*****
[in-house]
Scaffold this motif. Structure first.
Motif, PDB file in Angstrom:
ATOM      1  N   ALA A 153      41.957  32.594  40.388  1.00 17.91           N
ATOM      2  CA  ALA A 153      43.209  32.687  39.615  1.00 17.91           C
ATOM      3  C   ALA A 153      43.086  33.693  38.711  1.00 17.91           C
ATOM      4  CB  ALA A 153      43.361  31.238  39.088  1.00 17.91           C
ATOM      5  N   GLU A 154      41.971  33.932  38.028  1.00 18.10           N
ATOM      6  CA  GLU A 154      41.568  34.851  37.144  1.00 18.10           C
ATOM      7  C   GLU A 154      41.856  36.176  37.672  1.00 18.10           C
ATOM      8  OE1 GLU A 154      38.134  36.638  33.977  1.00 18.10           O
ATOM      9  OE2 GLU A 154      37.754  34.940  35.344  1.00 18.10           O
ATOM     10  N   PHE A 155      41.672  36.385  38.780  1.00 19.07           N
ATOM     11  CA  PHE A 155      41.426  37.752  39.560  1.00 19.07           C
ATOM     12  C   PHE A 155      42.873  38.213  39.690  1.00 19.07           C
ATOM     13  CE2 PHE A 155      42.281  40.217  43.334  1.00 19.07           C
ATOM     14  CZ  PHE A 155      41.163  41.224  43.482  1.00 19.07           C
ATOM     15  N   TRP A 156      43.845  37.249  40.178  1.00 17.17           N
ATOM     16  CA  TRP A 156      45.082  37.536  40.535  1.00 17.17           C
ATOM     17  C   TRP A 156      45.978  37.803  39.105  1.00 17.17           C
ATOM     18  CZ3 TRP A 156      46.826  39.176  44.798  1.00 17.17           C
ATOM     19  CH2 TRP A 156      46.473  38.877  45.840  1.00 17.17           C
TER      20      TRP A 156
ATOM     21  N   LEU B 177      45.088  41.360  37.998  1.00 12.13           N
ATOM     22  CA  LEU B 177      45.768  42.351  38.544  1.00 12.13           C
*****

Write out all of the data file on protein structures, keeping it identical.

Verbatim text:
[in-house]
Scaffold this motif. Structure first.
Motif, PDB file in Angstrom:
ATOM      1  N   ALA A 153      41.957  32.594  40.388  1.00 17.91           N
ATOM      2  CA  ALA A 153      43.209  32.687  39.615  1.00 17.91           C
ATOM      3  C   ALA A 153      43.086  33.693  38.711  1.00 17.91           C
ATOM      4  CB  ALA A 153      43.361  31.238  39.088  1.00 17.91           C
ATOM      5  N   GLU A 154      41.971  33.932  38.028  1.00 18.10           N
ATOM      6  CA  GLU A 154      41.568  34.851  37.144  1.00 18.10           C
ATOM      7  C   GLU A 154      41.856  36.176  37.672  1.00 18.10           C
ATOM      8  OE1 GLU A 154      38.134  36.638  33.977  1.00 18.10           O
ATOM      9  OE2 GLU A 154      37.754  34.940  35.344  1.00 18.10           O
ATOM     10  N   PHE A 155      41.672  36.385  38.780  1.00 19.07           N
ATOM     11  CA  PHE A 155      41.426  37.752  39.560  1.00 19.07           C
ATOM     12  C   PHE A 155      42.873  38.213  39.690  1.00 19.07           C
ATOM     13  CE2 PHE A 155      42.281  40.217  43.334  1.00 19.07           C
ATOM     14  CZ  PHE A 155      41.163  41.224  43.482  1.00 19.07           C
ATOM     15  N   TRP A 156      43.845  37.249  40.178  1.00 17.17           N
ATOM     16  CA  TRP A 156      45.082  37.536  40.535  1.00 17.17           C
ATOM     17  C   TRP A 156      45.978  37.803  39.105  1.00 17.17           C
ATOM     18  CZ3 TRP A 156      46.826  39.176  44.798  1.00 17.17           C
ATOM     19  CH2 TRP A 156      46.473  38.877  45.840  1.00 17.17           C
TER      20      TRP A 156
ATOM     21  N   LEU B 177      45.088  41.360  37.998  1.00 12.13           N
ATOM     22  CA  LEU B 177      45.768  42.351  38.544  1.00 12.13           C